Wholesale inflation hits a record 9.7% annual rate after consumer prices jumped the most in 40 years

Prices at the wholesale level surged by 9.7 percent for all of 2021, setting an annual record and providing further evidence that inflation is still hammering all levels of the U.S. economy.

The producer price index, which measures inflation at the wholesale level, did slow on a monthly basis, rising just 0.2 percent in December compared with 1 percent in November, the Labor Department said Thursday.

Thursday’s report came a day after the government reported that consumer inflation jumped 7 percent in December from a year earlier, the highest such inflation rate since 1982. 

‘Persistent supply disruptions will pin producer prices near record levels in the near term, especially given a rapidly spreading omicron variant that will fan inflation pressures,’ said Kathy Bosjancic, chief U.S. economist at Oxford Economics. 

The producer price index, which measures inflation before it reaches consumers, surged by 9.7 percent for all of 2021, setting an annual record

A shipping container of T2M video game controllers for mobile devices, assembled in China, is opened for delivery at their warehouse in Pembroke, Massachusetts

A shipping container of T2M video game controllers for mobile devices, assembled in China, is opened for delivery at their warehouse in Pembroke, Massachusetts

She said Thursday’s report supported the view that the Federal Reserve will start raising interest rates in March. 

Majority of US CEOs see high inflation at least through mid-2023

In the U.S., 59 percent of CEOs expect inflation to be elevated until at least mid-2023 or beyond, according to a new survey. 

Globally, 82 percent of CEOs said they are facing upward price pressure for inputs into their businesses, according to the Conference Board survey reported by the Wall Street Journal.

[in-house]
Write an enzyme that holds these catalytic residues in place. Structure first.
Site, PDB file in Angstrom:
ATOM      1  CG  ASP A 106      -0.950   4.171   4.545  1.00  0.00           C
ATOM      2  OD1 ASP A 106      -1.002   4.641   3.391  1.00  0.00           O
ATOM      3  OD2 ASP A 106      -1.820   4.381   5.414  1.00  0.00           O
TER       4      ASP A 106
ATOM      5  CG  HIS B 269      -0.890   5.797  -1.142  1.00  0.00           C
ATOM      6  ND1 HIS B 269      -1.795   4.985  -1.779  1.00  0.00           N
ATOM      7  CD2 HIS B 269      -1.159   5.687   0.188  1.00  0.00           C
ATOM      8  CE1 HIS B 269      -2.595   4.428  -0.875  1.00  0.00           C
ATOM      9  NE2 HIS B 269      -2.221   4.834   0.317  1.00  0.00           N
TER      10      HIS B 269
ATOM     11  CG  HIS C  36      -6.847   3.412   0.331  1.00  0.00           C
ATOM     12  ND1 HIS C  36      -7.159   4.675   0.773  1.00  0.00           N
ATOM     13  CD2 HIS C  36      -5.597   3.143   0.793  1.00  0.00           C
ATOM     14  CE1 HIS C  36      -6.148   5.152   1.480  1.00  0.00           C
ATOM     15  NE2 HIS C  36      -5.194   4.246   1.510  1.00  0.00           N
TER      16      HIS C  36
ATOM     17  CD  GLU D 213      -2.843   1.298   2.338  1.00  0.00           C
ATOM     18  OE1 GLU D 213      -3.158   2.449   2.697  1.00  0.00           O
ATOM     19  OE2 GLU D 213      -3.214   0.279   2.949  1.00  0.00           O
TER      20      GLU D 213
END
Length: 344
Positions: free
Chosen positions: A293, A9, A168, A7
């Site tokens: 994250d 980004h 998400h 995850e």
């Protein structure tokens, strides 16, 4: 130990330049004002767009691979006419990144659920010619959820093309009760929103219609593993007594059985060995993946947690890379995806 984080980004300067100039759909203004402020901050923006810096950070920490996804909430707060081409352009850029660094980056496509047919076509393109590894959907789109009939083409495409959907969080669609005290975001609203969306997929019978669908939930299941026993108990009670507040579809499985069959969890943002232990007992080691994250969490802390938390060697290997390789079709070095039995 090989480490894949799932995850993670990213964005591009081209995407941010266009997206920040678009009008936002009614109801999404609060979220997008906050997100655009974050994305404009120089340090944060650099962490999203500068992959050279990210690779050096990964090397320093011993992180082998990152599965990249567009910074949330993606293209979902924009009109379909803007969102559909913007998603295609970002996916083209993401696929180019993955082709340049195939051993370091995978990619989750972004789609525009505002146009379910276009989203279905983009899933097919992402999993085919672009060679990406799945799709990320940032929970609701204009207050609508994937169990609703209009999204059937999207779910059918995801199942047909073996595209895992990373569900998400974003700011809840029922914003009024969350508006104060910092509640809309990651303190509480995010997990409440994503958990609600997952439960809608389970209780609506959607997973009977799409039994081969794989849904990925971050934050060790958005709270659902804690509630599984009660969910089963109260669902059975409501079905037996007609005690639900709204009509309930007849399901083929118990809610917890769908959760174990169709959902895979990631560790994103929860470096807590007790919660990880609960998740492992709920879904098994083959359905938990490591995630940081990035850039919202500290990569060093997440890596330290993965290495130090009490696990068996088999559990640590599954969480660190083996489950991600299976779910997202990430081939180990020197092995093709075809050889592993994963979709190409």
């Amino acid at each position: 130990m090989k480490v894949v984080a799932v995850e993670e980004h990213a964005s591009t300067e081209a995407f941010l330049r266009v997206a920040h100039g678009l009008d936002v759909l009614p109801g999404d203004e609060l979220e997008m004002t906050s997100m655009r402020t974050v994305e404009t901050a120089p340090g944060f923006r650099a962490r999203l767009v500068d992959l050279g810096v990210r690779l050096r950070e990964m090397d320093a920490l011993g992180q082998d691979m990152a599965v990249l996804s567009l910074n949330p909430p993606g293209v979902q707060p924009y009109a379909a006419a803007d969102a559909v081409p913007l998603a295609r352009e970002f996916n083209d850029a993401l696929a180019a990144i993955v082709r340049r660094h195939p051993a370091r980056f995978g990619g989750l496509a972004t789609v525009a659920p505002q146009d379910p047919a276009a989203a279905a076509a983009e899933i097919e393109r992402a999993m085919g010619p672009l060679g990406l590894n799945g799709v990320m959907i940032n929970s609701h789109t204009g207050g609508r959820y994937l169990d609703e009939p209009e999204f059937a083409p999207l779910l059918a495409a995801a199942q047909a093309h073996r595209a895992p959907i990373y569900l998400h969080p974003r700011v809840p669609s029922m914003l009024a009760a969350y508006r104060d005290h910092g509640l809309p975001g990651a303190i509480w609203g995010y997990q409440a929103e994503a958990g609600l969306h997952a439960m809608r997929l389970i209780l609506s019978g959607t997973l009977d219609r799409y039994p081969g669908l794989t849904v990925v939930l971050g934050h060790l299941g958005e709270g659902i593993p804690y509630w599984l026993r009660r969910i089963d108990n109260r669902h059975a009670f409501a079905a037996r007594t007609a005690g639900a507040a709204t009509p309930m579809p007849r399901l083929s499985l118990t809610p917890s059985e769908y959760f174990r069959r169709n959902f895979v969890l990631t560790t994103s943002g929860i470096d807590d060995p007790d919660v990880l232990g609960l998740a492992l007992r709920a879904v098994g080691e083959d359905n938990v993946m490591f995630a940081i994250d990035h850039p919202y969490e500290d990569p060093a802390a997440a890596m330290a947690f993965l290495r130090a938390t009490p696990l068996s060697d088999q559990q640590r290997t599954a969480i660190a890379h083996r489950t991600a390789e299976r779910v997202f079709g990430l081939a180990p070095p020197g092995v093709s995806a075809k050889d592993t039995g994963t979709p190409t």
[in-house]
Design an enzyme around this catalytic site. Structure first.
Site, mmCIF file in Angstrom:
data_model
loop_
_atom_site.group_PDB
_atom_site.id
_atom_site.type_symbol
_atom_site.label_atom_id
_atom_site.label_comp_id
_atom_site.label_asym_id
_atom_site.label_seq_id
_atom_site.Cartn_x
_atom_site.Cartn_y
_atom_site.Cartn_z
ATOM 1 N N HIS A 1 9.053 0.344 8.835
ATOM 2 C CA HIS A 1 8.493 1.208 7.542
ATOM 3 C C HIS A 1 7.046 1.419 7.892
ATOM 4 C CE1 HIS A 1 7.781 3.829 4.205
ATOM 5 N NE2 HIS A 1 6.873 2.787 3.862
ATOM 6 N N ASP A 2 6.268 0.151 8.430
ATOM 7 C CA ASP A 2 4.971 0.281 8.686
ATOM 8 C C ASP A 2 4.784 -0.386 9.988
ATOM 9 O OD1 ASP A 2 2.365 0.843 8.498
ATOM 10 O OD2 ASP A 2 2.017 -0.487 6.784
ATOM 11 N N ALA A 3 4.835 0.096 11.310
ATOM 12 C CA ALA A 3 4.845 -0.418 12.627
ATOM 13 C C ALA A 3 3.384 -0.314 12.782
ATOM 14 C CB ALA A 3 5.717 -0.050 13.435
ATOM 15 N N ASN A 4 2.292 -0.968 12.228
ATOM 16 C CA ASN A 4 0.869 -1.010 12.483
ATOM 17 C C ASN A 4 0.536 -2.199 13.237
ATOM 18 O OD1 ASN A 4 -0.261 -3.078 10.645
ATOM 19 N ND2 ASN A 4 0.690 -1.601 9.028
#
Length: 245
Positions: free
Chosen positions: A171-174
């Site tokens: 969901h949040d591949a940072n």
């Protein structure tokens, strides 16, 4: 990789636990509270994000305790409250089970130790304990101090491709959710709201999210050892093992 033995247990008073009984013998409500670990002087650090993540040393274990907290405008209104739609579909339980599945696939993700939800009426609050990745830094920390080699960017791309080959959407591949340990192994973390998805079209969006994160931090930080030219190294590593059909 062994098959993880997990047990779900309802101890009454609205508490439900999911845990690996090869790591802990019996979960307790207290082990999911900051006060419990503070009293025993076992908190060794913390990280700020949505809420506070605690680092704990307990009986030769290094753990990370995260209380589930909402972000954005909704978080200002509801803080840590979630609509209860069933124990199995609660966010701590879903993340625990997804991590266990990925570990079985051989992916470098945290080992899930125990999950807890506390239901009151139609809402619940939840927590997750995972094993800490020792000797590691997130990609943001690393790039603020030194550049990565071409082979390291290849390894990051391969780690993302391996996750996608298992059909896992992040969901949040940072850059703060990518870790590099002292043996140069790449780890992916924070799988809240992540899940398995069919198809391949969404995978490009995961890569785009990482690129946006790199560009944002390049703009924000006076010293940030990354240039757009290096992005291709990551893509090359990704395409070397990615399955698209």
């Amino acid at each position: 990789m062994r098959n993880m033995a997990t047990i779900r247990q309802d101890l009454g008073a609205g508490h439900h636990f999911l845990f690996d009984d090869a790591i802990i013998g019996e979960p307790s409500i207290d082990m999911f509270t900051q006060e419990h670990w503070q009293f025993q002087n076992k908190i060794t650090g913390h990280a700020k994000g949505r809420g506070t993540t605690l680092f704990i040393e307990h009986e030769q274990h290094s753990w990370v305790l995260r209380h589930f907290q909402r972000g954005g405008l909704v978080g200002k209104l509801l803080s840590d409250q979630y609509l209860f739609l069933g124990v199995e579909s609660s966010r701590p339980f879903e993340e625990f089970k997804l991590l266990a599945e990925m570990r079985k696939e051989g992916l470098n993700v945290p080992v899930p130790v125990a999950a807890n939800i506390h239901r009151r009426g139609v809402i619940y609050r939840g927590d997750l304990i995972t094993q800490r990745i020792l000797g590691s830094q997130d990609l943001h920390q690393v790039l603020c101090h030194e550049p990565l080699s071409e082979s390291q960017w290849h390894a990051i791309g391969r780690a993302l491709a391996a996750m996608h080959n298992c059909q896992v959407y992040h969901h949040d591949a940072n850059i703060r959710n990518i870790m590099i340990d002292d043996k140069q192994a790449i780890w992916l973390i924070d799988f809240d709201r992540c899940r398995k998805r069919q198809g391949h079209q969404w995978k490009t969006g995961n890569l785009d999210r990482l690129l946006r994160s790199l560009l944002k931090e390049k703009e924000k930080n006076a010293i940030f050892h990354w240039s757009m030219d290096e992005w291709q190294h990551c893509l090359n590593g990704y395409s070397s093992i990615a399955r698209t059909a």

Among U.S. CEOs, more than half expect at least 40 percent of workers to work remotely after the pandemic ends. 

The 12-month increase in wholesale inflation of 9.7 percent was lower than a revised 9.8 percent increase for the 12 months ending in November. 

However, the government uses the December to December change to measure the yearly increase, and on that basis the 9.7 percent rise was the fastest annual jump on record, far above the 0.8 percent increase in 2020 and the 1.4 percent rise in 2019.

Core inflation at the wholesale level, which excludes volatile food and energy costs, rose 0.5 percent on a monthly basis in December, down from a 0.9 percent gain in November. Core prices rose 8.3 percent during the 12 months ending in December.

The slowdown in overall inflation at the wholesale level was attributed to a big 3.3 percent fall in energy prices and a smaller 0.6 percent dip in food costs.

Goods prices fell 0.4 percent after advancing 1.1 percent in the prior month. They were held down by decreases in wholesale food and energy prices. 

Excluding food and energy, goods prices rose 0.5 percent after increasing 0.8 percent in November. 

The price increases at both the wholesale and retail levels have been attributed in large part to snarled supply chains at a time of surging demand. 

Annual consumer inflation hit 7% in December, the highest 12-month increase since June 1982

Annual consumer inflation hit 7% in December, the highest 12-month increase since June 1982

President Joe Biden’s approval ratings on the economy have taken a huge hit because of the surge in prices, especially for consumer necessities like food and energy.

Persistent supply chain issues have left grocery shelves bare across the nation this week, drawing comparisons to conditions in the former Soviet Union and putting further upward pressure on prices. 

Rising prices have wiped out the healthy pay increases that many Americans have been receiving, making it harder for households, especially lower-income families, to afford basic necessities. 

Polls show that inflation has started displacing even the coronavirus pandemic as a public concern, making clear the political threat it poses to Biden and congressional Democrats, whose House and Senate majorities hang in the balance in November’s election.

The new Quinnipiac University poll has Biden’s approval rating at 33 per cent, with majority 53 per cent disapproval as the president begins the new year. 

White House economic adviser Cecilia Rouse on Thursday tried to downplay the new wholesale inflation data, blaming global issues..

‘Monthly inflation results are always volatile, and this report was driven in large part by a reduction in highly volatile energy and food prices, but also reflects potential improvement in prices for supply-chain related goods and services’, Rouse said in a statement released by the White House.

‘We continue to face challenges driven by supply chain disruptions around the world,’ Rouse added.

In a statement, Biden called inflation 'a global challenge' and claimed the latest numbers were good news, showing the monthly rate of price increases slowed in December from the prior month